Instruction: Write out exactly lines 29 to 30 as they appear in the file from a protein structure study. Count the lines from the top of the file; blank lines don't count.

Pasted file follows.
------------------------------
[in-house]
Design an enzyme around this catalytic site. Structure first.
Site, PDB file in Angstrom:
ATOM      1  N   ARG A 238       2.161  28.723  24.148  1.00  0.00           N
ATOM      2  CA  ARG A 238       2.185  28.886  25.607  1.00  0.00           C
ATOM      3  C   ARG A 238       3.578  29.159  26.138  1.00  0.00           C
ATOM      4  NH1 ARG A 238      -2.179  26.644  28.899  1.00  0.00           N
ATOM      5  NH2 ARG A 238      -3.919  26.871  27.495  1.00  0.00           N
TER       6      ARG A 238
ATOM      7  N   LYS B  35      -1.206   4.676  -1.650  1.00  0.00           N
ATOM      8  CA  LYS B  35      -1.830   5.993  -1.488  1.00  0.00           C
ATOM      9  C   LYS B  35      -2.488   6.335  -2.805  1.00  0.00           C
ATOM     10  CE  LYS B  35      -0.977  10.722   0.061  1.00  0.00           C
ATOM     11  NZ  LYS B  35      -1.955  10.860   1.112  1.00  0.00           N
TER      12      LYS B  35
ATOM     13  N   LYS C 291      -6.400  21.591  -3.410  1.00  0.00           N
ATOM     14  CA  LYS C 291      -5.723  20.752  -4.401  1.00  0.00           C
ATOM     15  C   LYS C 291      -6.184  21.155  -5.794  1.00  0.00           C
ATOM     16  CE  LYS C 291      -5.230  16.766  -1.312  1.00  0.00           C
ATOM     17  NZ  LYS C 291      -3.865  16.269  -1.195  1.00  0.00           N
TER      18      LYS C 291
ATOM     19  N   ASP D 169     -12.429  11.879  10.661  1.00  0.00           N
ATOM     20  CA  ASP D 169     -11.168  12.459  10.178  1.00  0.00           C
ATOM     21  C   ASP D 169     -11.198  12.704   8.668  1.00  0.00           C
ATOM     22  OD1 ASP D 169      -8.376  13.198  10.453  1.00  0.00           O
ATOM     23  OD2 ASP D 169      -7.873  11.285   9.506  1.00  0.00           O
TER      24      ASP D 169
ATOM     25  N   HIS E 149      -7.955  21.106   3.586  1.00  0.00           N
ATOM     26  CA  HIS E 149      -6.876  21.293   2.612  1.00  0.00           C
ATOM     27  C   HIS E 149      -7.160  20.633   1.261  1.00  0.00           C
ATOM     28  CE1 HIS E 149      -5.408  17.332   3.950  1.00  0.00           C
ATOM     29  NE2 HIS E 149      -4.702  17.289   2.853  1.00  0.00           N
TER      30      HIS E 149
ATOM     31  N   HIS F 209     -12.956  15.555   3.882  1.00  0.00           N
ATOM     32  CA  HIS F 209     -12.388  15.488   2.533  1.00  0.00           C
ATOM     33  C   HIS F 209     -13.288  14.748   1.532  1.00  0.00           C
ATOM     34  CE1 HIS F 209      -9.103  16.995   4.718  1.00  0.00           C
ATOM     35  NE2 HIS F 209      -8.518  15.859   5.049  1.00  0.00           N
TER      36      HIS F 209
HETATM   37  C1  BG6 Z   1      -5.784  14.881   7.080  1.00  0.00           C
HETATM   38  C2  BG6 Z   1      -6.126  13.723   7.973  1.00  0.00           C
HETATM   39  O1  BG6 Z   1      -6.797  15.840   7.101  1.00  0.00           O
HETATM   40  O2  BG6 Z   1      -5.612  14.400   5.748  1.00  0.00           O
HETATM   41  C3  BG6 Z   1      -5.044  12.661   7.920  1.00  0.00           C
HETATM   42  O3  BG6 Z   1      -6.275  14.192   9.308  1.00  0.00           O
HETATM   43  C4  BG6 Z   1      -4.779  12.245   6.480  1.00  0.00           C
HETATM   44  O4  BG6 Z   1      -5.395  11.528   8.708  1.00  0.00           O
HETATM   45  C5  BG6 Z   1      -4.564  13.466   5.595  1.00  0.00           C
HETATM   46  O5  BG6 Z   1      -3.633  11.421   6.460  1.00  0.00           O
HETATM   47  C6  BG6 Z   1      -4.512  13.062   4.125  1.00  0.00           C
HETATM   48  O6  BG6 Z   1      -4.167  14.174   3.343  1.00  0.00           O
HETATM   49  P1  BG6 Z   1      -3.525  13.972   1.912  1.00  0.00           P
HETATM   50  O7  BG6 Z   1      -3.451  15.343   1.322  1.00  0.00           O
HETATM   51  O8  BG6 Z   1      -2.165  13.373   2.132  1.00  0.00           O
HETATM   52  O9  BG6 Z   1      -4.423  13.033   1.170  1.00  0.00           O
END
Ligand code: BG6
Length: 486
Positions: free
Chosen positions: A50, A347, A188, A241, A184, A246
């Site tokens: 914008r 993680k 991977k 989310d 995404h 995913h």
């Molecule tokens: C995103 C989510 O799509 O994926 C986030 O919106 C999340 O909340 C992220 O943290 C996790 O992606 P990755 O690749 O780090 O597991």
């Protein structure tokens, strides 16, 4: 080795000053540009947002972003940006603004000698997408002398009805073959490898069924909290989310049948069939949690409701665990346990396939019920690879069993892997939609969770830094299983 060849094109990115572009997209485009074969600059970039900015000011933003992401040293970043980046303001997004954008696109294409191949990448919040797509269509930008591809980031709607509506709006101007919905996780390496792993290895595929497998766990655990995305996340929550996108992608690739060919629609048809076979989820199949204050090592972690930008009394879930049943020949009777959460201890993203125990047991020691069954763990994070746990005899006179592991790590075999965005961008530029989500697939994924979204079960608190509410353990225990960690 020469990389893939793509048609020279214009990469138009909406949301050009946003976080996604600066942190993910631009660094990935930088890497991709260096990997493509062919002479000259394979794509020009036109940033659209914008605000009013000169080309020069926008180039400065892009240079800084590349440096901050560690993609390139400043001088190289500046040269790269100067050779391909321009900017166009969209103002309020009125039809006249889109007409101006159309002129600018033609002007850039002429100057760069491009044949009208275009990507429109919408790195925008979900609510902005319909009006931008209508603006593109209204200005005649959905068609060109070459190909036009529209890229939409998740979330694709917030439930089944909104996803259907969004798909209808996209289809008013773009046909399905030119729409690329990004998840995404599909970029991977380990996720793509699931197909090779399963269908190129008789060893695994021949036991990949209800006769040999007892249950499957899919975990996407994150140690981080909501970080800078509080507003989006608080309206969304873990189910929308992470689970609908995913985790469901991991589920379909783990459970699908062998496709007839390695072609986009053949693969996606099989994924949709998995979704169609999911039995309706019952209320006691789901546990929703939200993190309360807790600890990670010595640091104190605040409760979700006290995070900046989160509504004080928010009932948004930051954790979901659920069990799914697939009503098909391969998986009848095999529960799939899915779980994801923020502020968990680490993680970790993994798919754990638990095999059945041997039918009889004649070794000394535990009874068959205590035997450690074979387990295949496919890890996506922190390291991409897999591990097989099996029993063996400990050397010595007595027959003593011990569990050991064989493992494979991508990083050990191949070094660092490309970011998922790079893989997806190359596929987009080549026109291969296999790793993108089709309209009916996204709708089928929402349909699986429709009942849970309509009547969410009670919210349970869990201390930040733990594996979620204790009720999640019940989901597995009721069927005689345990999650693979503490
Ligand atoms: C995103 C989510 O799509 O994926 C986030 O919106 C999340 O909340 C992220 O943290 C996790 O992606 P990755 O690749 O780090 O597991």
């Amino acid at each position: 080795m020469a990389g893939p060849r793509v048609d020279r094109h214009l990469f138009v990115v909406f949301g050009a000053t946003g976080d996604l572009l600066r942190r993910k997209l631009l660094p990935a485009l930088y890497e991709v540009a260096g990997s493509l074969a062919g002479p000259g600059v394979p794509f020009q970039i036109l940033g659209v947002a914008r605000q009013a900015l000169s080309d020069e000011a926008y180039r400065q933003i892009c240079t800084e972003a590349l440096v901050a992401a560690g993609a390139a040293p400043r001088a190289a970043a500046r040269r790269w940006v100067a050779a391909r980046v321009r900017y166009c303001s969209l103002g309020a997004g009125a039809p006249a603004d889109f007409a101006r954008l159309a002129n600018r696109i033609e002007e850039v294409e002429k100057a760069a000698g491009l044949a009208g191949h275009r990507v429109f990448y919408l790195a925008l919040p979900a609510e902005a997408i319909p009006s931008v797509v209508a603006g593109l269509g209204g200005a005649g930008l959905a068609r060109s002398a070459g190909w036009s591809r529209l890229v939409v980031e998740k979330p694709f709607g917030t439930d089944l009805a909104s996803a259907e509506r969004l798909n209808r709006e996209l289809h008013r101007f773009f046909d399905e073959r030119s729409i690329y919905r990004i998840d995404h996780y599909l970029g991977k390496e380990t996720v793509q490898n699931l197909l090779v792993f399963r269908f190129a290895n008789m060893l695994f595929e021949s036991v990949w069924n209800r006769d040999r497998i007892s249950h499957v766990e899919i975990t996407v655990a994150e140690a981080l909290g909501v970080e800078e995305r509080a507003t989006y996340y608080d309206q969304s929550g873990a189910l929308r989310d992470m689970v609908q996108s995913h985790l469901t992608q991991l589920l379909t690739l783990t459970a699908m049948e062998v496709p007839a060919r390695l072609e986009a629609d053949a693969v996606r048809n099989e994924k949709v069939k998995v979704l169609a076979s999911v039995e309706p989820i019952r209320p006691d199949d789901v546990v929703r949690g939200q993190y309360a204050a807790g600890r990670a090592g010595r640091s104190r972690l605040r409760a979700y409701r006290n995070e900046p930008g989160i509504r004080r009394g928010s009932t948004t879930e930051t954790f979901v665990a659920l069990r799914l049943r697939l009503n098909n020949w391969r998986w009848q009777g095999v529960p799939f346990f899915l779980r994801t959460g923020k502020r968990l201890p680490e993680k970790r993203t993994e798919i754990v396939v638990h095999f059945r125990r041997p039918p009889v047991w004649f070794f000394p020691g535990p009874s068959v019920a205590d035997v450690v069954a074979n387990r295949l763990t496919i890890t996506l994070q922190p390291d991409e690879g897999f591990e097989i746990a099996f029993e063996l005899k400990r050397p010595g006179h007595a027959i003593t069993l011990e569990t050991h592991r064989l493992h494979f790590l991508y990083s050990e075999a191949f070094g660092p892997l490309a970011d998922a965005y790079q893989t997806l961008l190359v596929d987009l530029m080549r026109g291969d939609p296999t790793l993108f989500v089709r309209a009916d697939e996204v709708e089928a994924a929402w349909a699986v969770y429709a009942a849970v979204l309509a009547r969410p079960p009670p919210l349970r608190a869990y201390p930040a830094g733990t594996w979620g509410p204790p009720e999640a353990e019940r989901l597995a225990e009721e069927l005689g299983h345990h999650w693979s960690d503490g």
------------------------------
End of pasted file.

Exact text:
ATOM     26  CA  HIS E 149      -6.876  21.293   2.612  1.00  0.00           C
ATOM     27  C   HIS E 149      -7.160  20.633   1.261  1.00  0.00           C